In this dissertation, we address an important subproblem in the construction of such environments, the generation of static semantic analyzers that operate in an incremental mode. Our work is embodied in the Colander II system, which introduces both a new metalanguage for the declarative specification of static semantic analyses and new techniques for generating an incremental analyzer from these specifications automatically.
Our specification metalanguage melds the advantages of traditional attribute grammars, including amenability to extensive generation-time analysis, with the expressiveness and client-independence characteristic of Ballance's Logical Constraint Grammars. In comparison to traditional attribute grammars, our metalanguage allows much more of the incrementality inherent in a particular analysis task to be exposed within the formalism itself, where it can be exploited automatically by our implementation.
Our incremental analysis algorithms exploit the attributed objects and function-valued attributes provided by our metalanguage, mapping these expressive notations onto a fine-grained incremental implementation. We are thus able to automatically generate incremental analyzers that handle long-distance dependencies and aggregate attributes efficiently. Our methods allow unusual freedom to control the granularity of incremental evaluation, allowing performance tradeoffs to be chosen as demanded by the needs of the application rather than as dictated by the a priori requirements of the algorithms.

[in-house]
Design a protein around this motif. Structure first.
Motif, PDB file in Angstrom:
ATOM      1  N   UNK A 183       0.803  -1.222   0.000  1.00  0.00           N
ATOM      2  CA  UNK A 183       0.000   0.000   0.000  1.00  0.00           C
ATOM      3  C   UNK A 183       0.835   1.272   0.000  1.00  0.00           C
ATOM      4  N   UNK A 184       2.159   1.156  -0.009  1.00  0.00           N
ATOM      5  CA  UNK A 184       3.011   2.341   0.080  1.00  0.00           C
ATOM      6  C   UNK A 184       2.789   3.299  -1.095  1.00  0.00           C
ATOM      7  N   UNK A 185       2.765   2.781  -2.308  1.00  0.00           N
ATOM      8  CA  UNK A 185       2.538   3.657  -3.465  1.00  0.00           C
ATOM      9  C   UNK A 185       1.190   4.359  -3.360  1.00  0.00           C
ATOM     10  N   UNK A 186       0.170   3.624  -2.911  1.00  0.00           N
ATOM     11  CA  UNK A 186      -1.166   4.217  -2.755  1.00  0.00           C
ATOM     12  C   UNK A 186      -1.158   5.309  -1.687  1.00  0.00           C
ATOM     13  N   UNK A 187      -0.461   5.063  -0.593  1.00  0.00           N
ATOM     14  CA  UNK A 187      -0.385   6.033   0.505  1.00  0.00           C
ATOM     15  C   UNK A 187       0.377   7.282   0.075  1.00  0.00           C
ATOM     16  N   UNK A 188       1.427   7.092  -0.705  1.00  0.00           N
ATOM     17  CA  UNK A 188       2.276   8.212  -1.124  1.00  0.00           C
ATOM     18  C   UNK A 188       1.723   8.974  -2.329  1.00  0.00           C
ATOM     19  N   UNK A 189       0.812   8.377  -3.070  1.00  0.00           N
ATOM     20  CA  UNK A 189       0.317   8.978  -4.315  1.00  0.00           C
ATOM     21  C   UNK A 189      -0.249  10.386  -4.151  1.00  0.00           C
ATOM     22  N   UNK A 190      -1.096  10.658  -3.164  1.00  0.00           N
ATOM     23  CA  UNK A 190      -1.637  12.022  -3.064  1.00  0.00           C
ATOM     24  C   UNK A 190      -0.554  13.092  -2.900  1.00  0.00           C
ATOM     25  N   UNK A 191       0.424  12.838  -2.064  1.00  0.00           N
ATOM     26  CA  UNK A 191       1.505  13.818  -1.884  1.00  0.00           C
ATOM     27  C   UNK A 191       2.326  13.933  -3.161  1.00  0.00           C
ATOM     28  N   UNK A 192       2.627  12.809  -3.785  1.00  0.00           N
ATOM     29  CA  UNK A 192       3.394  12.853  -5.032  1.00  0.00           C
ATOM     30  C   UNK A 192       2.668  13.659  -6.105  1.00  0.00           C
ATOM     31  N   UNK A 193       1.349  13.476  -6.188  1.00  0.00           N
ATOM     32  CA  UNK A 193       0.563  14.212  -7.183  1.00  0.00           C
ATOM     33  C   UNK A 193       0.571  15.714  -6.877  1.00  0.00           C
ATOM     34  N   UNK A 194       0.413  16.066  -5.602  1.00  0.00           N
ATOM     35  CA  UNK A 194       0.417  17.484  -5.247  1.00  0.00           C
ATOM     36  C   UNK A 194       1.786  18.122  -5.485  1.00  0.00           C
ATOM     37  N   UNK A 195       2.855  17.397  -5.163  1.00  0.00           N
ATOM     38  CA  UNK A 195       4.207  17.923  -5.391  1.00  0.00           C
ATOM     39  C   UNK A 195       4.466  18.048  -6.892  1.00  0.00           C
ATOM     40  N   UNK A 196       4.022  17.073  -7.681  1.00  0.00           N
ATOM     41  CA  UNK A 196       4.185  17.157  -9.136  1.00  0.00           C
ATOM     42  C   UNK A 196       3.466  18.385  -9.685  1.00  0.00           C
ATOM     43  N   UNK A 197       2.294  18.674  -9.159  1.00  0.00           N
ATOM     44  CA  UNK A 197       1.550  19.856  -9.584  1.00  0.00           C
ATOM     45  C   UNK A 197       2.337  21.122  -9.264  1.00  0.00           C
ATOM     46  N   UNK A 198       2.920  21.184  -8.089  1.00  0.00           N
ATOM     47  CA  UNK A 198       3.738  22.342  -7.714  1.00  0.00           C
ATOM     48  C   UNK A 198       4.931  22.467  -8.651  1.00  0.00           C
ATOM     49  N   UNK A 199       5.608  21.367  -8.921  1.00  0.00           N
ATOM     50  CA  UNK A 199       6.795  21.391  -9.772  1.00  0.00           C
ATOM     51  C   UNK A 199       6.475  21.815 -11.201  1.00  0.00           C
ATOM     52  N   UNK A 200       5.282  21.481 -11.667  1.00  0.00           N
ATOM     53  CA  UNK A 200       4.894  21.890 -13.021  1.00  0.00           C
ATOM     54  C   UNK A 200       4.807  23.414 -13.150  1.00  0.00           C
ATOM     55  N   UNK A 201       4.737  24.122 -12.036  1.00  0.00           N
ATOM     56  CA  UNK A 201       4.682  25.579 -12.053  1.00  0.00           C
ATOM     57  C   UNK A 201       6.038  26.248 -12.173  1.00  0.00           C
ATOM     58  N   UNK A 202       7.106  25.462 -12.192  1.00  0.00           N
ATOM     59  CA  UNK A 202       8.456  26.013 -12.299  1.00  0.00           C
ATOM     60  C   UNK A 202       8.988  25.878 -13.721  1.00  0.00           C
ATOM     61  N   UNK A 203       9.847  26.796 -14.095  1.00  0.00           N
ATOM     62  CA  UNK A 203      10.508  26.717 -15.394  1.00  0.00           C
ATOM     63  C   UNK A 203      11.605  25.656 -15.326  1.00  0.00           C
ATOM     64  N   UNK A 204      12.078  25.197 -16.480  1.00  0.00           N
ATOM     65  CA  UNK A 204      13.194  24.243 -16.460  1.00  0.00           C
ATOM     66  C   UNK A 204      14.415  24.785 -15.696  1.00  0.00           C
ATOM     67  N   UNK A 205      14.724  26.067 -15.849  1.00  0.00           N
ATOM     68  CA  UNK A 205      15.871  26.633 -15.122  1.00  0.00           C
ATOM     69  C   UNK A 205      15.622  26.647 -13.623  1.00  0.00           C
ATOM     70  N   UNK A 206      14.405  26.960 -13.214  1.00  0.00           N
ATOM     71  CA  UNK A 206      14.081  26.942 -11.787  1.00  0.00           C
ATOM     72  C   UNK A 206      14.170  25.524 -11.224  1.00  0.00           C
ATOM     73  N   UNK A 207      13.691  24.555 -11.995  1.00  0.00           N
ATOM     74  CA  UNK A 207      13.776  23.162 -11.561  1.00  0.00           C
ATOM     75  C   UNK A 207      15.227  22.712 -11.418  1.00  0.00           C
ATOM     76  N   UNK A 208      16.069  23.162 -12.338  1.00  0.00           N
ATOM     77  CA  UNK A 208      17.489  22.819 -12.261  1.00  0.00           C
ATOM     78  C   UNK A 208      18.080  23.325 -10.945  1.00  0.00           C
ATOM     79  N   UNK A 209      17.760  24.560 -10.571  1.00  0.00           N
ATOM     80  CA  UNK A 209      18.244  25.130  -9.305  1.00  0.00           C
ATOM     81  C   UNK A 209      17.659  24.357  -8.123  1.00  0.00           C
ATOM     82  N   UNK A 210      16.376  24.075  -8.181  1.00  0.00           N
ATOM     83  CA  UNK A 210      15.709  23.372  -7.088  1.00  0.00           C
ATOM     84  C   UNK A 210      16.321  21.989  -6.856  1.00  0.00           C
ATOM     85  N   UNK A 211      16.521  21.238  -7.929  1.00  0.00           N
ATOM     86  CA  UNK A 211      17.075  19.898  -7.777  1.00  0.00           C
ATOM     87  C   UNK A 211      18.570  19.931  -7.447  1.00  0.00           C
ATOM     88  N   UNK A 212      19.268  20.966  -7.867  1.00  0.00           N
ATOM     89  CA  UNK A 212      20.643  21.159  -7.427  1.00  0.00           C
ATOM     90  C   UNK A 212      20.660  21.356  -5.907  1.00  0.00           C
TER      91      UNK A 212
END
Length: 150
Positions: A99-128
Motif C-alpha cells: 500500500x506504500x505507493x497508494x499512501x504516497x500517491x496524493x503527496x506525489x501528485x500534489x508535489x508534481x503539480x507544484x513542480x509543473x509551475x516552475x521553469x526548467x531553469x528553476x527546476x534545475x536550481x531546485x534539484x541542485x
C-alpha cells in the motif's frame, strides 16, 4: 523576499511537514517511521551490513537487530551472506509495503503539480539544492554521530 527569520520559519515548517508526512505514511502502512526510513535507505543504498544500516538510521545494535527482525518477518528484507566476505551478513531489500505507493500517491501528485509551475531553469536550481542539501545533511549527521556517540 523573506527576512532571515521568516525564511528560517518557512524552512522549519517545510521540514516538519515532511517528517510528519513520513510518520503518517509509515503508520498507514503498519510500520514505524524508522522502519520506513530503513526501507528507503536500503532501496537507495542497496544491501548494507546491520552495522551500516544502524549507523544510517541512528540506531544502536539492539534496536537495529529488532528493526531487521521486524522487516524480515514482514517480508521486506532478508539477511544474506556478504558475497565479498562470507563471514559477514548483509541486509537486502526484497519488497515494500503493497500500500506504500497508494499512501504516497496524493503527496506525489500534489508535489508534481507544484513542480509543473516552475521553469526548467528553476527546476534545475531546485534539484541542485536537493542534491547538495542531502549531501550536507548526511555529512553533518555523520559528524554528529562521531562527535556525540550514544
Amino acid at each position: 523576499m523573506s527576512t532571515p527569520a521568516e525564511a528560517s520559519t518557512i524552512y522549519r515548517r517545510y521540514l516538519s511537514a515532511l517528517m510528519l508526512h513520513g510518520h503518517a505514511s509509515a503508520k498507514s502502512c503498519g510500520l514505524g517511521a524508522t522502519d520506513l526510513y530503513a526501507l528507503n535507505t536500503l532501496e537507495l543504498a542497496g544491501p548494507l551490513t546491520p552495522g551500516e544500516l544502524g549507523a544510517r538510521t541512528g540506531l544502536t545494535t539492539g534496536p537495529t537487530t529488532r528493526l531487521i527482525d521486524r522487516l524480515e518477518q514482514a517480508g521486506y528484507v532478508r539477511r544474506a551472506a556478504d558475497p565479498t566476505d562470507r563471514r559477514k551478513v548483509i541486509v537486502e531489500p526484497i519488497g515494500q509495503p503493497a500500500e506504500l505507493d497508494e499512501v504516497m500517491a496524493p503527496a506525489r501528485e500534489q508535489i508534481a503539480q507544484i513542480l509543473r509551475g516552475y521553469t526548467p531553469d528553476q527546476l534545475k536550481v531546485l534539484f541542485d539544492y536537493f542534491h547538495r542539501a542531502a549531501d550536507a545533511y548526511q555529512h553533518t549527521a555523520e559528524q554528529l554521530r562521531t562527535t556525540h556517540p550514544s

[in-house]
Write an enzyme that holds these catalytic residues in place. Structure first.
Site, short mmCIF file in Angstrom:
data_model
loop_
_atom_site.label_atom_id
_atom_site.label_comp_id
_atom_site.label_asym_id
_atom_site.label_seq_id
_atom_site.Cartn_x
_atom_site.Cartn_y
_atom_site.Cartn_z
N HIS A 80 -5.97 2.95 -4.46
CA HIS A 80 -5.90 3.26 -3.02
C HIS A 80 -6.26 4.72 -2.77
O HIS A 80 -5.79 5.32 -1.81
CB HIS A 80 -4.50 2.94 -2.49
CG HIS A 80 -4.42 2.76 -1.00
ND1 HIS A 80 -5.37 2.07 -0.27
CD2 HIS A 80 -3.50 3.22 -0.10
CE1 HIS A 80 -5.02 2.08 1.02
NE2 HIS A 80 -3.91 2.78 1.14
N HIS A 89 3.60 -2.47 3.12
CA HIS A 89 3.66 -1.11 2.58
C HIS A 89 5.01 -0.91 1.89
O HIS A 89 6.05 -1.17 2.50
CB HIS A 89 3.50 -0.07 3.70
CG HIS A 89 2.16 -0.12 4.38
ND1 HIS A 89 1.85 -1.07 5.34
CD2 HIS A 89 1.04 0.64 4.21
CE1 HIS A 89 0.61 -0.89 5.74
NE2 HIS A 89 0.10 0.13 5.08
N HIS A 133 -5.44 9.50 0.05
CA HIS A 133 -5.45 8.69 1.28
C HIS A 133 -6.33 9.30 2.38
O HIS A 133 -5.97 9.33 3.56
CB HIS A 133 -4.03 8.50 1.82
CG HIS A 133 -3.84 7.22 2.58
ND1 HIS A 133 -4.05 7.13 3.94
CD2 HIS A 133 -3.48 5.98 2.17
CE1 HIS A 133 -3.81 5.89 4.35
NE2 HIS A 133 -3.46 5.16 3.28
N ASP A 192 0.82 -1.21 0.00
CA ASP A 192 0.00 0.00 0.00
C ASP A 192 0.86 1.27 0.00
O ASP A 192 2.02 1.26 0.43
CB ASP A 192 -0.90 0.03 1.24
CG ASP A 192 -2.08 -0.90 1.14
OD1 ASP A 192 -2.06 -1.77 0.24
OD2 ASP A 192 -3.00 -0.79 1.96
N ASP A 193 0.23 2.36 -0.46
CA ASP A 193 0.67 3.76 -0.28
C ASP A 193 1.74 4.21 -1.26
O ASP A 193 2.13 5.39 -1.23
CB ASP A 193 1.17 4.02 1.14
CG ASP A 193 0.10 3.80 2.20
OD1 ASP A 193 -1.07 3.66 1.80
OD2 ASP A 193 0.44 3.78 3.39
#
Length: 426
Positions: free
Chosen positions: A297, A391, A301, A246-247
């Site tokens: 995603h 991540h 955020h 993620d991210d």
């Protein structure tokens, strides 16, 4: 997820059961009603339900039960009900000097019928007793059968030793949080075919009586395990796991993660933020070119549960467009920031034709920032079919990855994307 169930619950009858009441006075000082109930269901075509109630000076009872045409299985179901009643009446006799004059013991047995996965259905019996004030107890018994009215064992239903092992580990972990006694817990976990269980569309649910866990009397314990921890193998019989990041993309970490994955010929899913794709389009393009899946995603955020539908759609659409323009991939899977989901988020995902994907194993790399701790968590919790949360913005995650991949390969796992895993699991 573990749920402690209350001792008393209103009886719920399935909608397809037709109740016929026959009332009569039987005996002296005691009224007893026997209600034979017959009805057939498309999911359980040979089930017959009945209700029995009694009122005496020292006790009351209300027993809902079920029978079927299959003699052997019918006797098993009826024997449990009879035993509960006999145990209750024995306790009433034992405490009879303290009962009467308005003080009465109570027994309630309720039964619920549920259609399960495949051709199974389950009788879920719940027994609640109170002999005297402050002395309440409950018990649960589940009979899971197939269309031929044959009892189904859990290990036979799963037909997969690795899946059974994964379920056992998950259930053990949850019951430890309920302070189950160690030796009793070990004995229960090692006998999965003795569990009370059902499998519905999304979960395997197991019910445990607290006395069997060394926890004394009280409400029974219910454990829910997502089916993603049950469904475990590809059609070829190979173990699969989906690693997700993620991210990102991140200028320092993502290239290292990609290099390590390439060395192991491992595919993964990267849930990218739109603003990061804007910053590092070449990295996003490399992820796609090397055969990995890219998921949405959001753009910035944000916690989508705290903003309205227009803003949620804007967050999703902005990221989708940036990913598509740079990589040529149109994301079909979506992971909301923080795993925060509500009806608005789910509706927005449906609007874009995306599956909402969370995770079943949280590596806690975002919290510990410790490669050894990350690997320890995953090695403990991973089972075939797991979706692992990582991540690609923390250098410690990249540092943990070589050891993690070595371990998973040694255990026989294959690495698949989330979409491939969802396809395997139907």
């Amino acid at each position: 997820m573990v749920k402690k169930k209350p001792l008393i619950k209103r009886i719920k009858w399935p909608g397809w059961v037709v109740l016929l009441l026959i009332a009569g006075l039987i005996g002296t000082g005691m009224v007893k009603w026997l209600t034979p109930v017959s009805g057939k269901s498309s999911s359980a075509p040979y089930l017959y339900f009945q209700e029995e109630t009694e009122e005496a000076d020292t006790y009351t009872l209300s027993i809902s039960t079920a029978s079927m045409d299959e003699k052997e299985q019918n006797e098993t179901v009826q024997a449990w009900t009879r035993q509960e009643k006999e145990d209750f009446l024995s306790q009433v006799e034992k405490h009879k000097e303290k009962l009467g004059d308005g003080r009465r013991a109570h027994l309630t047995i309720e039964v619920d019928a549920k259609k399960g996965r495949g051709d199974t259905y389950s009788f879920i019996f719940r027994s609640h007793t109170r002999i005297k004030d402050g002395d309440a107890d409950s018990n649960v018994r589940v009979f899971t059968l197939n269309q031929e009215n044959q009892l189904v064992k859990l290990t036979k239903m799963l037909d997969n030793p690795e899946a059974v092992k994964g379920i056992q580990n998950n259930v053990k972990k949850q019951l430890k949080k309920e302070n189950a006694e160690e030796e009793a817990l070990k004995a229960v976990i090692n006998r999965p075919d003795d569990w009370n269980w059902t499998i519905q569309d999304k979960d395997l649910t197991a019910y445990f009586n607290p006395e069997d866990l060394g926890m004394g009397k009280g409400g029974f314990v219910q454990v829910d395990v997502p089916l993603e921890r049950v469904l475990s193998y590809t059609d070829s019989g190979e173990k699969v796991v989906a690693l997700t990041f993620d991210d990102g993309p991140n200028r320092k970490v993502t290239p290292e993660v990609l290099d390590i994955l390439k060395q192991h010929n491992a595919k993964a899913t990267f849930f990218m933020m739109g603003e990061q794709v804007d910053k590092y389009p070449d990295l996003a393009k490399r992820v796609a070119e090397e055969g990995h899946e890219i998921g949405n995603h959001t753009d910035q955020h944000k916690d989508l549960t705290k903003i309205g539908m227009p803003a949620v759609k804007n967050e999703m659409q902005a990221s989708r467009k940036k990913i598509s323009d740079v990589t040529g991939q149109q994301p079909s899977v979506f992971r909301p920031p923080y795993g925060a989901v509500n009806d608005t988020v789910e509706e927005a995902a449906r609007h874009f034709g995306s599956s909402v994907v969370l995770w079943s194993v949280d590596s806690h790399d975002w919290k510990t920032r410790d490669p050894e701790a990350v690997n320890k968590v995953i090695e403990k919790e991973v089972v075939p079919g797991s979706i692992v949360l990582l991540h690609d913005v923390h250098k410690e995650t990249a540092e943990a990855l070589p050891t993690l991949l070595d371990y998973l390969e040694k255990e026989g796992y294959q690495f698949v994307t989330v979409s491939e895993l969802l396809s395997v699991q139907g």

We have also developed a static analysis and transformation on attribute grammars that accommodates a useful class of circular attribute dependencies, automating the "backpatching" method used in hand-coded compilers. The transformation is employed in Colander II, but is applicable to attribute grammars in general.
We have used the Colander II system to create a static semantic analyzer for the programming language Modula-2, which has revealed both strengths and weakness in our specification paradigm. Interestingly, the most significant difficulty that we encountered applies equally to traditional attribute grammars, but has not been widely appreciated in the attribute grammar literature.
Our work was performed in the context of the Ensemble project at UC Berkeley, which is constructing a prototype integrated multilingual language-based software development environment based on the editing of structured multimedia documents.